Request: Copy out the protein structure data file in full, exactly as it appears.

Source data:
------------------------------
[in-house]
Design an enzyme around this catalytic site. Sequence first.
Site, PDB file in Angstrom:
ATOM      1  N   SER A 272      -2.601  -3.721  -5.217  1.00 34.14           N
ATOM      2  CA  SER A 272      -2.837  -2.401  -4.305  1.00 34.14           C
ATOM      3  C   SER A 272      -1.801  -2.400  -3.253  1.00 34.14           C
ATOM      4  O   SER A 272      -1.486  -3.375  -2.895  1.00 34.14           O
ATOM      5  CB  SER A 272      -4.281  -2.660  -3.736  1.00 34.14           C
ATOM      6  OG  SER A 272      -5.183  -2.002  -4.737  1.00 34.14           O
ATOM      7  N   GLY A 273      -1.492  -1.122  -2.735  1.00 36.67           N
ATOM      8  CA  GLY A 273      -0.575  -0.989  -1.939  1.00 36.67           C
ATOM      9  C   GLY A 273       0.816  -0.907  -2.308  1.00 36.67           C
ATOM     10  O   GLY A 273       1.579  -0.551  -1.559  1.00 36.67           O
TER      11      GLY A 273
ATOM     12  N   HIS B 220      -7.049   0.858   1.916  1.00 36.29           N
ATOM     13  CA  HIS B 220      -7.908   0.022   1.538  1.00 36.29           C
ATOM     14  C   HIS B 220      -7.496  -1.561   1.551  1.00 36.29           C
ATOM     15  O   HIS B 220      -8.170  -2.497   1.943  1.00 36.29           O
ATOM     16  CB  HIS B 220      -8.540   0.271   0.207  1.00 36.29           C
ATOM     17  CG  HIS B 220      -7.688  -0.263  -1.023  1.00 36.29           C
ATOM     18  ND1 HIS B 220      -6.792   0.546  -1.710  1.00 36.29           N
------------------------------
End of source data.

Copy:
[in-house]
Design an enzyme around this catalytic site. Sequence first.
Site, PDB file in Angstrom:
ATOM      1  N   SER A 272      -2.601  -3.721  -5.217  1.00 34.14           N
ATOM      2  CA  SER A 272      -2.837  -2.401  -4.305  1.00 34.14           C
ATOM      3  C   SER A 272      -1.801  -2.400  -3.253  1.00 34.14           C
ATOM      4  O   SER A 272      -1.486  -3.375  -2.895  1.00 34.14           O
ATOM      5  CB  SER A 272      -4.281  -2.660  -3.736  1.00 34.14           C
ATOM      6  OG  SER A 272      -5.183  -2.002  -4.737  1.00 34.14           O
ATOM      7  N   GLY A 273      -1.492  -1.122  -2.735  1.00 36.67           N
ATOM      8  CA  GLY A 273      -0.575  -0.989  -1.939  1.00 36.67           C
ATOM      9  C   GLY A 273       0.816  -0.907  -2.308  1.00 36.67           C
ATOM     10  O   GLY A 273       1.579  -0.551  -1.559  1.00 36.67           O
TER      11      GLY A 273
ATOM     12  N   HIS B 220      -7.049   0.858   1.916  1.00 36.29           N
ATOM     13  CA  HIS B 220      -7.908   0.022   1.538  1.00 36.29           C
ATOM     14  C   HIS B 220      -7.496  -1.561   1.551  1.00 36.29           C
ATOM     15  O   HIS B 220      -8.170  -2.497   1.943  1.00 36.29           O
ATOM     16  CB  HIS B 220      -8.540   0.271   0.207  1.00 36.29           C
ATOM     17  CG  HIS B 220      -7.688  -0.263  -1.023  1.00 36.29           C
ATOM     18  ND1 HIS B 220      -6.792   0.546  -1.710  1.00 36.29           N